Marx didn't actually tell his followers that the system needed to be destroyed. And it's not what Marx actually believed. Very few Marxists actually understand what Marx laid out.
Marxism isn't a list of demands and instructions. It's Marx's attempt to tell the future. Some of it he got right, most he got wrong. For example, he predicted the rise of automation.
Believe it or not, Marx was not an anti-capitalist. If anything, he revered it.
In a letter to Engels, he complained that too many people misunderstood his message, that his plan is to merge with capitalism. To make it new. He wanted to reify his brand of socialism, reify is a Marxist term, actually. It basically means to make an abstract idea concrete.
Marx didn't hate capitalism. He actually thought it was necessary. And he knew communism would never happen without the aid of capitalism.
Marx didn't hate capitalism. He actually thought it was necessary.
From there, he takes these ideas to some weird conclusions. Horrible conclusions. The main one being revolution.
What does the first phase of the Marxist revolution look like? How will we know if it has started? How can we tell if it's already begun? Marx's idea of the "dictatorship of the proletariat," where the working class would rise up in revolution and earn their freedom.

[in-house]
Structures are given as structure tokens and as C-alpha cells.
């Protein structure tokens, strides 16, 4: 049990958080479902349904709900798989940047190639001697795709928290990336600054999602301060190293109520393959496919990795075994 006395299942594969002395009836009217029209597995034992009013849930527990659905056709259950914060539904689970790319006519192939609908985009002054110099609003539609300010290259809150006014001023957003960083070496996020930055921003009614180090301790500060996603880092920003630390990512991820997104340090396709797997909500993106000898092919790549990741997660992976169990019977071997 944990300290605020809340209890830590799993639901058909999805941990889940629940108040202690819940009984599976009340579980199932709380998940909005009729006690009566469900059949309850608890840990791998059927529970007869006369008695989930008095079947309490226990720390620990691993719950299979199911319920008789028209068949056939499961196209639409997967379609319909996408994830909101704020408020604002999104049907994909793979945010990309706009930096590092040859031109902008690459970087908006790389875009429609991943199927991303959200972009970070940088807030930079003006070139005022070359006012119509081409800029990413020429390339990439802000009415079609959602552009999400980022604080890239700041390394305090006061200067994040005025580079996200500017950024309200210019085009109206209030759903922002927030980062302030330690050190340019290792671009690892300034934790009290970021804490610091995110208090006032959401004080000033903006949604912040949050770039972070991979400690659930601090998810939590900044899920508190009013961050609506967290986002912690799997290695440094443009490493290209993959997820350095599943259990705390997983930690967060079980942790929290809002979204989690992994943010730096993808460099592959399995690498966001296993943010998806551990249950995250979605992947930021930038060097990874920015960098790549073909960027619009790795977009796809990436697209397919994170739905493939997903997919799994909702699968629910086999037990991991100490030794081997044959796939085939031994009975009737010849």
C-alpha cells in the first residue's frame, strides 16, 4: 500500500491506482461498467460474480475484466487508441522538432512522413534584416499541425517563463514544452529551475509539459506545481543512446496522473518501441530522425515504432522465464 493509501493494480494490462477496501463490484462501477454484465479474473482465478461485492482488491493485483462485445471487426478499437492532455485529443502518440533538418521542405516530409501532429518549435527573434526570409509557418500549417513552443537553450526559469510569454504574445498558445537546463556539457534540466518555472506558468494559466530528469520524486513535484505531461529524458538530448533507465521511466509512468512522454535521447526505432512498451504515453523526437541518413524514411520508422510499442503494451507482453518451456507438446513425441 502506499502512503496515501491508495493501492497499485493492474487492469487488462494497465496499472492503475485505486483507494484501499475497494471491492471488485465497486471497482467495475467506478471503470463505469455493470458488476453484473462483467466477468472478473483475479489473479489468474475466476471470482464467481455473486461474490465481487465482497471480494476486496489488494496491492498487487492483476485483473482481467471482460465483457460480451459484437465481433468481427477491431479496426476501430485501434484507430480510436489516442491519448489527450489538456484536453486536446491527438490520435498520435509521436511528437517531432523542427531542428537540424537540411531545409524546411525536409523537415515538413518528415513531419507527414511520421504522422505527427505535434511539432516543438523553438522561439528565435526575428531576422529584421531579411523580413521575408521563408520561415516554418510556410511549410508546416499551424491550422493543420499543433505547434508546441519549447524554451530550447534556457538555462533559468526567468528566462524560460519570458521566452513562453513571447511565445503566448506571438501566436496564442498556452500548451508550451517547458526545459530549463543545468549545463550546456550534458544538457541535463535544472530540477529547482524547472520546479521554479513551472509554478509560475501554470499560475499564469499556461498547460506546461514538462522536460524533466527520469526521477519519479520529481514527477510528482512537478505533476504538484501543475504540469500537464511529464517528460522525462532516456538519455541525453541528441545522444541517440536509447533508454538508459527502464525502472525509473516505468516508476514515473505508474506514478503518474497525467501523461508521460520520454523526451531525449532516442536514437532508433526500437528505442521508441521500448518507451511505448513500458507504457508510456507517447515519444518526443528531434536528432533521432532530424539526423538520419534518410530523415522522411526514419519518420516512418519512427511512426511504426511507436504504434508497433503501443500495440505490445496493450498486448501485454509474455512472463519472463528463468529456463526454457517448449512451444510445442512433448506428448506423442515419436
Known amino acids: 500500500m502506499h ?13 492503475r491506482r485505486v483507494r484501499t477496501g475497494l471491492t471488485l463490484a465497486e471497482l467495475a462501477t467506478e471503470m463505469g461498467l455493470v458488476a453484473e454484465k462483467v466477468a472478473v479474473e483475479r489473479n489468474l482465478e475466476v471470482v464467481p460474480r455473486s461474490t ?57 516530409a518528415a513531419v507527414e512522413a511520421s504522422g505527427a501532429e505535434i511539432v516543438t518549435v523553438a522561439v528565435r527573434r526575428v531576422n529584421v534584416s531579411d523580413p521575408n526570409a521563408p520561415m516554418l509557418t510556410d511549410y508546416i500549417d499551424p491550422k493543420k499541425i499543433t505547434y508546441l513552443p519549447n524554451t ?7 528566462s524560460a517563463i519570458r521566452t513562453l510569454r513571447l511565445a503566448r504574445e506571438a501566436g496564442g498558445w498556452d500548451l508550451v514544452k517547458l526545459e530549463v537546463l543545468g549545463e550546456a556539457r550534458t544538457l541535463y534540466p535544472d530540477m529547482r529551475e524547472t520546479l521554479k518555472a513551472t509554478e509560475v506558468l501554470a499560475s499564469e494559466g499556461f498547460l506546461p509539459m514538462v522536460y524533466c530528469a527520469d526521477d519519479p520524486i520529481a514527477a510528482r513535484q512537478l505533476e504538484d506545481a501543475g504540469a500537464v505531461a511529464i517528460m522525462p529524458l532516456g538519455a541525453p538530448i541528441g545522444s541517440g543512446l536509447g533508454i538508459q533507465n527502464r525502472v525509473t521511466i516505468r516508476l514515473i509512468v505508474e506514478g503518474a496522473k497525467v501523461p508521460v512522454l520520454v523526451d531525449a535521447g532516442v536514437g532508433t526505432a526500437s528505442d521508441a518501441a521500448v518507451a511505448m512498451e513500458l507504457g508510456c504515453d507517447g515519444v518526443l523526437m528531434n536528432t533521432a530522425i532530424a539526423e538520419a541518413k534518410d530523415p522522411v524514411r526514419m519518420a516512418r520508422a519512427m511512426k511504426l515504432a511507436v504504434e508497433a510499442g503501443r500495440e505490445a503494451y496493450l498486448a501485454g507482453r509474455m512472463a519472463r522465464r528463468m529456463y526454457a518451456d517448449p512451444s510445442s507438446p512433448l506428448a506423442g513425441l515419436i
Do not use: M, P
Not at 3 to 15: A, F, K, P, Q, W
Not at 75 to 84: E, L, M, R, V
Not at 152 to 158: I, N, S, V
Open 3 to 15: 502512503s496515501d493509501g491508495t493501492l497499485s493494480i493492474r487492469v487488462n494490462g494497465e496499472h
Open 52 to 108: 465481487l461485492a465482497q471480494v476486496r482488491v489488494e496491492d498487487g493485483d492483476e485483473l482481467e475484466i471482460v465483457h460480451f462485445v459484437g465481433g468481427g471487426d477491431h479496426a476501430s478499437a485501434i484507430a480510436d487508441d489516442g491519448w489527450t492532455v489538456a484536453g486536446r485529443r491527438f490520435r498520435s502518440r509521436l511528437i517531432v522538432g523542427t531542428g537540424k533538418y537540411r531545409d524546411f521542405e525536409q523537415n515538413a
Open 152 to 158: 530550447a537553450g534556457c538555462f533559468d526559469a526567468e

But what did Marx mean by freedom? Like so much of Marxism, it involves giving up your individuality, in service to the collective: "Only in community with others does each individual have the means of cultivating his gifts in all directions; only in the community, therefore, is personal freedom possible."
That's from his book The German Ideology, which he co-wrote with Friedrich Engels, the guy who paid all of his bills: "Free competition, which is based on the idea of individual freedom, simply amounts to the relation of capital to itself as another capital."
His idea here is that capital ruins any idea of freedom or individuality. And competition is what he uses as proof. In other words, Marx's definition of freedom has nothing to do with actual freedom, freedom as we know it.
He wrote, in Capital: "It is not individuals who are set free by free competition; it is, rather, capital which is set free."
He's saying that Capital manipulates our individual freedom and forces us to exploit ourselves. For someone who didn't believe in God, he sure had some fanciful ideas about the forces that control the universe.
For someone who didn't believe in God, he sure had some fanciful ideas about the forces that control the universe.
Marxists have always argued that capitalism is a religion. That our debt to capital is no different than our debt to God. Critical Theorist Walter Benjamin wrote an entire book called Capitalism as Religion, and wrote that capitalism is "the first case of a cult that creates guilt, not atonement."
There were many strains of socialism before Marx. There were entire movements, named after socialist and anarchist philosophers. But Marx was the one who figured it out, with the help of a rotating cast of people paying for his sloth, of course.
Marx's influence on socialism was so profound that socialism was practically re-named in honor of Marx. Marx has been deified.
He created a utopian society. Very hypothetical. It requires a working class that is devoted to daily readings of The Communist Manifesto.
This assumes that people who work all day — at a real job, where they can't just sit on the couch all day as Marx did — even have the energy to read dense theory when they get home.Marx made a religion.